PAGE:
In Grade 2, instructional time should focus on four critical areas: (1) extending understanding of base-ten notation; (2) building fluency with addition and subtraction; (3) using standard units of measure; and (4) describing and analyzing shapes.
(1) Students will extend their understanding of the base-ten system. This includes ideas of counting in fives, tens, and multiples of hundreds, tens, and ones, as well as number relationships involving these units, including comparing. Students will understand multi-digit numbers (up to 1,000) written in base-ten notation, recognizing that the digits in each place represent amounts of thousands, hundreds, tens, or ones (for example, 853 is 8 hundreds + 5 tens + 3 ones).
(2) Students will use their understanding of addition to develop fluency with addition and subtraction within 100. They will solve problems within 1,000 by applying their understanding of models for addition and subtraction, and they develop, discuss, and use efficient, accurate, and generalizable methods to compute sums and differences of whole numbers in base-ten notation, using their understanding of place value and the properties of operations. They will select and accurately apply methods that are appropriate for the context and the numbers involved to mentally calculate sums and differences for numbers with only tens or only hundreds.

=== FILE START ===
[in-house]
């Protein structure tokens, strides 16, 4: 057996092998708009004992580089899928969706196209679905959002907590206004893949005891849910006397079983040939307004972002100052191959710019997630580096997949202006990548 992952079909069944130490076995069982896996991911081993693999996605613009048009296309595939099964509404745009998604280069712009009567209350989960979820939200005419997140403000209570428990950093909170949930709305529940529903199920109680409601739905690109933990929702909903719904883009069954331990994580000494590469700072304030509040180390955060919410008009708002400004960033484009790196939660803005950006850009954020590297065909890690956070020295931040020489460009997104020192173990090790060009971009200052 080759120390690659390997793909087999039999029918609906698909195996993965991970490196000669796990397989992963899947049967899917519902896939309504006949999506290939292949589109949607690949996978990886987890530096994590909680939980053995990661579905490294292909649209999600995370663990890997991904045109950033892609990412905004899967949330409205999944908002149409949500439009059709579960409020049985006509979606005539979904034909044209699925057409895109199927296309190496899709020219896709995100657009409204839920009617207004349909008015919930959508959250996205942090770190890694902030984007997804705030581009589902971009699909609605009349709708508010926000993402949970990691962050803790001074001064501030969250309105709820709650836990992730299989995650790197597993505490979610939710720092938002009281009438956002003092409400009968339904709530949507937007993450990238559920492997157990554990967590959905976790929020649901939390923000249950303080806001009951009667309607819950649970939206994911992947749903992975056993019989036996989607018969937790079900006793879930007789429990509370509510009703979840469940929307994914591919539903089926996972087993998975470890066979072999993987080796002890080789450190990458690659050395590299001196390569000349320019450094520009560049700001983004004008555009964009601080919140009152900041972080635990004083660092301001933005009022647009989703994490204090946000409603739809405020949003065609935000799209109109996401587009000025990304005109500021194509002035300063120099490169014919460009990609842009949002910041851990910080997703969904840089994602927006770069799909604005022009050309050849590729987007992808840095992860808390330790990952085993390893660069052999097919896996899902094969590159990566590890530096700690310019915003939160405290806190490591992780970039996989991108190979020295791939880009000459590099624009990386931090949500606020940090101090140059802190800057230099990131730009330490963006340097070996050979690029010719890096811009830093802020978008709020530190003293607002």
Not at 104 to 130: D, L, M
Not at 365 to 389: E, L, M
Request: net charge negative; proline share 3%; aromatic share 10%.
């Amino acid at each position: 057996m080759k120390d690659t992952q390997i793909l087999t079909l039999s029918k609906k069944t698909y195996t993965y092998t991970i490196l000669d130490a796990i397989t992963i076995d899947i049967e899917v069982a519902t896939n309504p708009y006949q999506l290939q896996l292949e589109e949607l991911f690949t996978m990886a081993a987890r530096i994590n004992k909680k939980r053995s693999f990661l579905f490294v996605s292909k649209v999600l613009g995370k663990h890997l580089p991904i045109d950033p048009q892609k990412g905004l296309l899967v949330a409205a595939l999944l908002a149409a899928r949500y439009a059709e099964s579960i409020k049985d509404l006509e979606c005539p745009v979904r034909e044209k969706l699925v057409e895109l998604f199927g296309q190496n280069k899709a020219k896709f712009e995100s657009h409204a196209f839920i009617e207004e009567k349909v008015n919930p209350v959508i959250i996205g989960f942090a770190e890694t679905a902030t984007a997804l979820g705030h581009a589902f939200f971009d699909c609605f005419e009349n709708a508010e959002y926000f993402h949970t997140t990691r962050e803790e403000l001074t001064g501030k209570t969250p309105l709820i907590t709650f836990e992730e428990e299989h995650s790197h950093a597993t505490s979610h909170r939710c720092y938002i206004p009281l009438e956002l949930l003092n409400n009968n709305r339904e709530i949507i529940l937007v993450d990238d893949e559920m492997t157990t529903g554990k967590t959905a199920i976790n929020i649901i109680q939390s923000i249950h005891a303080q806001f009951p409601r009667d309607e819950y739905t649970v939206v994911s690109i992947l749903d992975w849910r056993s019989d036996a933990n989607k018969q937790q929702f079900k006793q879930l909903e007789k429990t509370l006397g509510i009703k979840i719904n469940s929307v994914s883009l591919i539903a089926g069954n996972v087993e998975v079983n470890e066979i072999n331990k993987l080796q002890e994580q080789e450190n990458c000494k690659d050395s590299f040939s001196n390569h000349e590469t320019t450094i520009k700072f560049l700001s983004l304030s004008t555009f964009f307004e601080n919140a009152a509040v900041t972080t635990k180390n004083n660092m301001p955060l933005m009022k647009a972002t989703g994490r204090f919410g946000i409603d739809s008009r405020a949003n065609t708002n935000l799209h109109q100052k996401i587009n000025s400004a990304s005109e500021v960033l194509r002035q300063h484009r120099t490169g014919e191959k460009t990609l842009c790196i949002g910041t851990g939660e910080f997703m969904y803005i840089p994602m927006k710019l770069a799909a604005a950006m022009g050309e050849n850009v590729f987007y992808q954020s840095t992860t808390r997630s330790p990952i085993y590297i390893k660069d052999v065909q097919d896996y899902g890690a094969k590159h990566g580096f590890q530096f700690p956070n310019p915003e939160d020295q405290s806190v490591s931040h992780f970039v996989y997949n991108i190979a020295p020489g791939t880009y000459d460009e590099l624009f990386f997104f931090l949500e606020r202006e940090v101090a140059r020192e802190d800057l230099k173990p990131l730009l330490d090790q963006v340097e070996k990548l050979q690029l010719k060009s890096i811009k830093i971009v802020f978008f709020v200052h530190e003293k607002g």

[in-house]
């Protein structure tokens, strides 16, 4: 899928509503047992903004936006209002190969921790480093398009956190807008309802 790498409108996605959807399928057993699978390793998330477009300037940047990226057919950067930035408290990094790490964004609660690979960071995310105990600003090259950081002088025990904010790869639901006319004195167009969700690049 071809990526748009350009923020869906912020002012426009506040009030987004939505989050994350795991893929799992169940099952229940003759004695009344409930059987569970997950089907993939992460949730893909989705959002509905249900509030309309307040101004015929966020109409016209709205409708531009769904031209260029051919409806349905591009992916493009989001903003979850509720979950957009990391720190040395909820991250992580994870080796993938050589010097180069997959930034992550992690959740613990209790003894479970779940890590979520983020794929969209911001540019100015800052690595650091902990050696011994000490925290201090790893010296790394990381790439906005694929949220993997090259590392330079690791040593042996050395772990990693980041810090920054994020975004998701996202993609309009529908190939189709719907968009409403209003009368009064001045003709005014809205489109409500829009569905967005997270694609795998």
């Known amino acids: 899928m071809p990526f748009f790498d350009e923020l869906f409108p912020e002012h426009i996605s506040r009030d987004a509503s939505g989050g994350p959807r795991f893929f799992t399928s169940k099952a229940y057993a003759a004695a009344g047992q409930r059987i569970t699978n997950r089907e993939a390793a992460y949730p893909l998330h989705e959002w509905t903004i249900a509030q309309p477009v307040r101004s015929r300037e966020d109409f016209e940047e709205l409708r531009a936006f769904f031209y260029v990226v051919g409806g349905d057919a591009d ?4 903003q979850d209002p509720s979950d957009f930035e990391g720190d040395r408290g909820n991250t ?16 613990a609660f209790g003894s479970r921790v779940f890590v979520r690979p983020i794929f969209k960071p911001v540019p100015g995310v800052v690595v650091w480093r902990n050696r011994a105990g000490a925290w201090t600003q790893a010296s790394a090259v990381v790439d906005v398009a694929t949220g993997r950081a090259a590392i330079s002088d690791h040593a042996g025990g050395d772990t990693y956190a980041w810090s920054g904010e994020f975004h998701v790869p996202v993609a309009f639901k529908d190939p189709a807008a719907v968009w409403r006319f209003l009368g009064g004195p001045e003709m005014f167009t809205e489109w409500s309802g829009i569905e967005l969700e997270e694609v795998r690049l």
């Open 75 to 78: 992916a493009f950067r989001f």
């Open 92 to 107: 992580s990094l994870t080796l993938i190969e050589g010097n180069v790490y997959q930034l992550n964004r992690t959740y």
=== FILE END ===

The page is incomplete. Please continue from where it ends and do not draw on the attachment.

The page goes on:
(3) Students will recognize the need for standard units of measure (such as centimeter and inch) and they use rulers and other measurement tools with the understanding that linear measure involves an iteration of units. They will recognize that the smaller the unit, the more iterations they need to cover a given length.
(4) Students will describe and analyze shapes by examining their sides and angles. Students will investigate, describe, and reason about decomposing and combining shapes to make other shapes. Through building, drawing, and analyzing two- and three-dimensional shapes, students will develop a foundation for understanding area, volume, congruence, similarity, and symmetry in later grades
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